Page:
As a leader, there are times when you will make a mistake. Some are small, some are great, but all of them deserve the same response. This is sometimes easier said than done. It can be embarrassing to admit that you didn’t do the right thing. Often times, the people around you will feel defeated or ashamed because of the results of your actions. The worst thing you can do, is hide from it.
Whenever I make a mistake I try to remind myself of three things:
1. Take Ownership
No matter what the mistake is, as a leader, you must take responsibility for it. It doesn’t matter if you inherited the problem or not, own it. This demonstrates that you are not only up for the challenge, but you are willing to take personal responsibility for fixing it too.
As a leader this can difficult sometimes. But it is important to acknowledge that the problem occurred under your watch, and regardless of the circumstances, you regret the results. I have seen many leaders shy away from this, but this is how you establish credibility and respect with your team and those around you. When you take things personally, you tend to put more passion and energy into making them right.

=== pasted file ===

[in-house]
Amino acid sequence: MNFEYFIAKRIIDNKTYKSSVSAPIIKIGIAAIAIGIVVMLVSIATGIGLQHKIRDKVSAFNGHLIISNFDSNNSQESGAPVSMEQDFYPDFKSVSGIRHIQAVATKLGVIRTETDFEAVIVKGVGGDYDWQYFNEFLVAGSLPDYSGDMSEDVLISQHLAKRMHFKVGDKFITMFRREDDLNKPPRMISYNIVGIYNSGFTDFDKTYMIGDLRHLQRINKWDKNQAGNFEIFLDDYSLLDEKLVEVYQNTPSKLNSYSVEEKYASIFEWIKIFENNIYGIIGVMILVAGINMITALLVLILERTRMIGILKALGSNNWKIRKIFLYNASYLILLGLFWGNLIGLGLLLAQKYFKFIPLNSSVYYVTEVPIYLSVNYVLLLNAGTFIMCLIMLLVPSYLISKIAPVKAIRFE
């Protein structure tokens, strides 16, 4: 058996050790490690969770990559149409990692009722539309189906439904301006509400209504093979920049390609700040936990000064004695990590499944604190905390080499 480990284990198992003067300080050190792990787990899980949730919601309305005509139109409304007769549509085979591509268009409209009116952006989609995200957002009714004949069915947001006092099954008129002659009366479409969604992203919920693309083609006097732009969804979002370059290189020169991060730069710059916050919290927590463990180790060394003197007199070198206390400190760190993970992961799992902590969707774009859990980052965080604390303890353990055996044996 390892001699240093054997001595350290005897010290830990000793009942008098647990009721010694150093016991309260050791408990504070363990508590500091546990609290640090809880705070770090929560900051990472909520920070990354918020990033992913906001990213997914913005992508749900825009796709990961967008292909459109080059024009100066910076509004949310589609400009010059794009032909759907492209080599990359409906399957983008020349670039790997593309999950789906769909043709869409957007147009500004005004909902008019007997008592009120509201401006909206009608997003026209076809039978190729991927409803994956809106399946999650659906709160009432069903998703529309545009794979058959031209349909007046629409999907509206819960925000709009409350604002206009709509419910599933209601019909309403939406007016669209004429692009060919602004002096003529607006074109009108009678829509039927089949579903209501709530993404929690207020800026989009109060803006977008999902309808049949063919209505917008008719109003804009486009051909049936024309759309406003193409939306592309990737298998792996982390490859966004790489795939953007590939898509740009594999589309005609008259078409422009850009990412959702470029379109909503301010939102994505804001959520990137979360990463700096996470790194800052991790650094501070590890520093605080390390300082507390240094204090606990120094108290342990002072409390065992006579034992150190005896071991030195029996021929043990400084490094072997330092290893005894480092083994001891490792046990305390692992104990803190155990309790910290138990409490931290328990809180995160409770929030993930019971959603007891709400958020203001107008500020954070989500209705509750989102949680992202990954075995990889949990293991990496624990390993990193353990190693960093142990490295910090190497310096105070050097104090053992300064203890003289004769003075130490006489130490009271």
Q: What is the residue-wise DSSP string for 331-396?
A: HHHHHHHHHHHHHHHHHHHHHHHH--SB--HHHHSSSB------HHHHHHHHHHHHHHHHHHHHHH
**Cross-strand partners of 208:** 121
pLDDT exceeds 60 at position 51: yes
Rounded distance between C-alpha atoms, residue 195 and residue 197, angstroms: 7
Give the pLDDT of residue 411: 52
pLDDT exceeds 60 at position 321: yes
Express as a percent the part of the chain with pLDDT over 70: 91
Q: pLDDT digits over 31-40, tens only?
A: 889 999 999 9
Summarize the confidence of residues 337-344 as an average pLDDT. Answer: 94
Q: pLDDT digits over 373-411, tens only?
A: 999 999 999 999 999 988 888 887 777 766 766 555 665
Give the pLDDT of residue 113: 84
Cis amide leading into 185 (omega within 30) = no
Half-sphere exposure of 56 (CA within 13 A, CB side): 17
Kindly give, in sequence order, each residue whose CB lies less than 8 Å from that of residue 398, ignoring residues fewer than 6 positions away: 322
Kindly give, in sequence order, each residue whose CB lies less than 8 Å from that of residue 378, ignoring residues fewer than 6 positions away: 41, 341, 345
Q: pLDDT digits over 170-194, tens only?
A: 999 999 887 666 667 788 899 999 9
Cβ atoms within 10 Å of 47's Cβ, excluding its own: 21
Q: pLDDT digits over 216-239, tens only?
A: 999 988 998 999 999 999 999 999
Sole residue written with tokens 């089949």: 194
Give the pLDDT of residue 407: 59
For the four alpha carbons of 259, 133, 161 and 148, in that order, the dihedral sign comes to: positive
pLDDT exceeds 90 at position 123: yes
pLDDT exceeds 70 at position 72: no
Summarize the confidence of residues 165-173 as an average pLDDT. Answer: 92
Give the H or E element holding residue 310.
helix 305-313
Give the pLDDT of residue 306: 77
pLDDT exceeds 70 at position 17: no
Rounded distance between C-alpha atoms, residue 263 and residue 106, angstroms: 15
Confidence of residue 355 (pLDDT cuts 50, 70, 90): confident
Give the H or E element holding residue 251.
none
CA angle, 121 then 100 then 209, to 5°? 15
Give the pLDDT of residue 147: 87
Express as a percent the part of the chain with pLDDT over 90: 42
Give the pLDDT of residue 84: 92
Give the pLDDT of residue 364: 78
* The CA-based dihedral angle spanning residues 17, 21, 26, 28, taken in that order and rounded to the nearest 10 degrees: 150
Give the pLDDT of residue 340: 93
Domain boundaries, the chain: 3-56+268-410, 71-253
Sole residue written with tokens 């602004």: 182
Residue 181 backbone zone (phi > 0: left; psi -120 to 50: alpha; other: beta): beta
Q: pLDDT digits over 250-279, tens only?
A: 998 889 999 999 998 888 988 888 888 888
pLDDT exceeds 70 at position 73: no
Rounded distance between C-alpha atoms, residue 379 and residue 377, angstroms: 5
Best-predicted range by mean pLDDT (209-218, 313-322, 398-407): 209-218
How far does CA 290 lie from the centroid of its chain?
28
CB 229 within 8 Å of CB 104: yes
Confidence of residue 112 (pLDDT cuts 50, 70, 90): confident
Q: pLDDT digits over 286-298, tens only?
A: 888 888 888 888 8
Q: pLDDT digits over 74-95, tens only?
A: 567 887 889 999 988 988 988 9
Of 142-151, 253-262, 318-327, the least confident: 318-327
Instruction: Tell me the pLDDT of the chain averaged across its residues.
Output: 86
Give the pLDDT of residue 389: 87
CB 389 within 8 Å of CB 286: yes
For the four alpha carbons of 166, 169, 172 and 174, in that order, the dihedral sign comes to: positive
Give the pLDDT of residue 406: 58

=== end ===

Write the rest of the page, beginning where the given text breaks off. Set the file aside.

3. Try to Do Better Next Time
Make things right. Whatever the mistake is, a leader always tries to do better next time. To work harder, or smarter, or faster. Whatever it takes. That gung-ho attitude that says, we will find a way to get it done. Somehow. Some way.
Making mistakes is a part of life. We all will make them. The difference is how we respond to them. When you take ownership, apologize, and try to do better next time – you are a leader.
Never be afraid to make mistakes, but there is nothing worse than doing so and then trying to cover up or make excuses. Follow these three steps and earn the respect and credibility that your team wants and deserves.
My name is Mark Behl. My passion is leadership. I share ideas, not lectures. If you would like to share an idea with me, feel free to email me at firstname.lastname@example.org. I hope you come back for future posts.